President Trump has declared that the Islamic State in Iraq and Syria is “100%” defeated.
It seems unlikely he will ever say the same about Somalia’s al-Shabab.
Words such as “eradicate” and “eliminate” — staples of the lexicon used by the Obama and Trump administrations when laying out their ultimate goal in the battle against the Islamic State — are largely absent from the discussion surrounding al-Shabab, the al Qaeda affiliate estimated to control roughly 20% of Somalia and boasting at least 5,000 trained fighters. Analysts say America’s limited policy will never result in a declaration of total victory in the little-understood war, and measuring tangible success in one of the most historically unstable, unpredictable corners of the world will be difficult.
The result: Al-Shabab is not seen as strong enough to make a serious effort to supplant the U.S.-allied government in Mogadishu, but there is also little immediate prospect of ousting the group from its strongholds in southern Somalia and in small pockets of neighboring Kenya and Ethiopia.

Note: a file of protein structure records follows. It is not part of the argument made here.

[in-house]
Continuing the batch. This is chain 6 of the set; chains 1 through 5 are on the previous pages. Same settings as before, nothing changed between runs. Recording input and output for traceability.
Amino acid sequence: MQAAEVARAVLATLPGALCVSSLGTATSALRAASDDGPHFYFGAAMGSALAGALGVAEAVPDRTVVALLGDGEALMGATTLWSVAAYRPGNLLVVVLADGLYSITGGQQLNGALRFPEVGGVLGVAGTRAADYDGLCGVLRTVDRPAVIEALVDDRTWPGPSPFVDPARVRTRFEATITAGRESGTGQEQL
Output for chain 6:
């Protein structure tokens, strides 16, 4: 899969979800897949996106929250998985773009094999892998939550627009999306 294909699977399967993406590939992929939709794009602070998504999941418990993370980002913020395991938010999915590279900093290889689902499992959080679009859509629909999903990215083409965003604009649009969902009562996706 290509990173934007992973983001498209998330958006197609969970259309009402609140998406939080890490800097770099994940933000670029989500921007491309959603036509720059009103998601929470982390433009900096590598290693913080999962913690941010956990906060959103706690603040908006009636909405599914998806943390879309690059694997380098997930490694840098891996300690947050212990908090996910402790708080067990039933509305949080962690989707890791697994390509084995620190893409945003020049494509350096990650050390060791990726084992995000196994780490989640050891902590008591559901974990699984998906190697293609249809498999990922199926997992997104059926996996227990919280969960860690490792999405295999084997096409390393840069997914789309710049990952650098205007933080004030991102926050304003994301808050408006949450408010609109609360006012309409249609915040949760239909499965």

“They’re not making the effort to fully beat them,” said Bill Roggio, a senior fellow at the Foundation for Defense of Democracies who closely tracks the war in Somalia. “I don’t think you’ll ever see President Trump mentioning Somalia in terms like he did with the Islamic State in Iraq and Syria. … You can see that the effort isn’t designed to deal al-Shabab a death blow.”
The U.S. has waged an intensive air campaign against the group for years and has conducted at least 33 strikes in Somalia this year against al-Shabab and Islamic State targets, according to Pentagon figures. The bombing seems destined to continue for at least two more years. Pentagon leaders are looking at a 2021 handoff to the Somali government and its regional allies.
But over those two years, the approach to al-Shabab likely will remain nuanced. Rather than a crystal-clear end goal to obliterate the group, as was the case with the Islamic State’s “caliphate,” the campaign of airstrikes in Somalia is aimed at providing a safe environment for the Somali people, deterring al-Shabab from expanding and promoting regional security, military leaders say.